Then you would pay the .20% MER (rough estimate for diversified index ETFs that anyone in Canada can access).
Approximation of fees paid:
-Likely advisory fee of about *1.6%.
-Likely mutual fund fees and other investment fees of about *1.5%
-A wide variety of charges described above – averaging out to .2% of your portfolio.
Total % taken out of your investments EVERY YEAR: .20%Total % taken out of your investments EVERY YEAR: 3.3%

*Note: I could not find the advisory fee for Edward Jones Guided Portfolios listed anywhere for Canadians.  The 1.6% figure is a conservative approximation taken from averaging the 1.35% fee charged in the USA, and the 1.8% figure quoted in a Globe and Mail article from several years ago. Canada has some of the highest mutual fund fees in the world, which I describe in my all in one ETFs article.

Your Portfolio With Fee-Only vs Edward Jones (assuming 8% return)

compund interest calculator2
compund interest calculator

That’s almost a million dollars difference! By taking 3%+ out of your portfolio each year instead of the .20% in ETF fees that you would pay with a fee-only, advice-only adviser, you could be voluntarily paying what is basically a million dollar tax!

Edward Jones Investments

The above look at how Edward Jones’ fees can quickly eat up your portfolio assumes that you will earn the same overall market returns with Edward Jones’ investments as you would with basic low-cost index investing ETFs. 

That assumption is almost assuredly incorrect, as it’s much more likely the investments chosen by your advisor will be worse than the market average due to active investing underperformance.  

Here’s what Edward Jones Canada writes about their “strategy” for selecting investments on your behalf:

With our years of experience, we know what quality looks like. Our Research department recommends stocks, bonds and mutual funds that we believe will perform well over time – through good and bad markets.

The issue is that there is no evidence that active investment can in any way predict which stocks, bonds, and mutual funds will perform well over time.  It is my opinion that the rare handful of geniuses out there who can actually tell “what quality looks like” ahead of time – are working for massive hedge funds – certainly not as small-scale advisors.

It’s impossible to know what specific investments that your Edward Jones advisor will recommend to you.  All of the company’s literature says that your investments will be based on getting to know you and developing an overall plan.  Yet we see substantial evidence that the company misled investors from 2013 to 2018, and urged them to “churn” portfolios so that they would generate higher fees.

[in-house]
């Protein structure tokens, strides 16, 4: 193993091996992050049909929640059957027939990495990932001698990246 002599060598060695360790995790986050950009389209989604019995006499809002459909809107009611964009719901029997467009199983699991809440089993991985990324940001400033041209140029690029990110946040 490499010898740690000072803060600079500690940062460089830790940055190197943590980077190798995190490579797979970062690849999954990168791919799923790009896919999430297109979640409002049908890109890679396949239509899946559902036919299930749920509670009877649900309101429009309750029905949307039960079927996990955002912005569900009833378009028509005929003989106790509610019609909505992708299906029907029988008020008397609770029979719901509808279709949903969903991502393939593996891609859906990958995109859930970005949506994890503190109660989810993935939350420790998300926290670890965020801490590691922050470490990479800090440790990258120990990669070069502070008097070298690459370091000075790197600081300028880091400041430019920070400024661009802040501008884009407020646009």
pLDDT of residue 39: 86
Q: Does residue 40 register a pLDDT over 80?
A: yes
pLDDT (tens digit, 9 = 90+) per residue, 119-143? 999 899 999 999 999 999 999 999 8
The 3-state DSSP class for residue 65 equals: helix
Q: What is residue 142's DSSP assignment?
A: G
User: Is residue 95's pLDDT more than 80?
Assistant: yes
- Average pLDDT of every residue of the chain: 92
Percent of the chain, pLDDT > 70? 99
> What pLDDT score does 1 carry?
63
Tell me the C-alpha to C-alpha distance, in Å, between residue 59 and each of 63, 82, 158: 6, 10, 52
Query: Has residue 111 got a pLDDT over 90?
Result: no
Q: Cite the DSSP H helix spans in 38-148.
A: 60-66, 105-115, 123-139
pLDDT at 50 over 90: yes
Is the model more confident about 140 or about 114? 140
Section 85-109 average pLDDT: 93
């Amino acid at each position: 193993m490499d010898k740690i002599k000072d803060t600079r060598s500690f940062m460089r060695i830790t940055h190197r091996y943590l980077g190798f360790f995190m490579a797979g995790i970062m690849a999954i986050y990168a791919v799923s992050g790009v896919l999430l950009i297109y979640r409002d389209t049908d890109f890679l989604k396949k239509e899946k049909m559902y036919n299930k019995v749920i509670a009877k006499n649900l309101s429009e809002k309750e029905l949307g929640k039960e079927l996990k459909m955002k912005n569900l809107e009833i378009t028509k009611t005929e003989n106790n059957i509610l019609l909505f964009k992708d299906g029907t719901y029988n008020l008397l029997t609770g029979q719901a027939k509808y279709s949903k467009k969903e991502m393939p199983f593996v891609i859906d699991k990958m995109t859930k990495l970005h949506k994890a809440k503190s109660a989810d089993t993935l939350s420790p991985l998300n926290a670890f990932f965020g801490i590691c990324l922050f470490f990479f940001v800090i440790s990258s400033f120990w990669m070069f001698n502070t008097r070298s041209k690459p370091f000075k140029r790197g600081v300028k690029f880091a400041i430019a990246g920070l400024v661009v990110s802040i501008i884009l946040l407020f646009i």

Three things we know for sure when it comes to Edward Jones investments.

1) They will be expensive.

2) The total fees that you’re paying will be difficult to understand.

3) Given the long-term statistics around active management, the investments are almost guaranteed to be below average.

Comparison of Financial Advice

Aside from investments, comparing a fee-only, advice-only financial planning company like Objective Financial to Edward Jones can be difficult on the surface.  Much depends on the specific advisor that you choose.  I thought Kyle’s take on how to choose the right person for you in his best financial advisors in Canada article was a great starting point.

That said, some broad generalizations can be made:

  • Edward Jones’ advisors get paid more to recommend certain insurance products over others.
  • Edward Jones’ advisors get paid to recommend products such as mortgages and lines of credit.
  • Edward Jones’ advisors receive more bonuses and prizes the more they sell products and services to you. These even include programs like the Edward Jones Travel Awards Program.
  • Fee-Only, Advice-Only financial planners such as Objective Financial or fellow Canadian writer Robb Engen DO NOT receive bonuses or any other type of payment for selling products to you.

So, in saying all that, which advisor will give you better advice?

The one who gets a bonus plus a free trip to Hawaii if they recommend a specific insurance plan or investment fund?


The one who gets paid to simply provide you with advice – and gets paid exactly the same no matter which products they recommend.

Obviously it’s impossible to say with 100% certainty which advisor is going to give the better advice, but I think it’s pretty clear why Kyle (and myself) are so partial to fee-only, advice-only financial planners.

Edward Jones Review: FAQ

Edward Jones Review – Final Verdict

Is it possible to get good advice from an Edward Jones advisor: Yes… it’s possible.

Personally, I can’t recommend any financial planning company that charges an impossible-to-define percentage of your overall portfolio every single year.  You can see from my calculations above that making the wrong decision about your financial advisor could cost you hundreds of thousands of dollars by the time you reach retirement.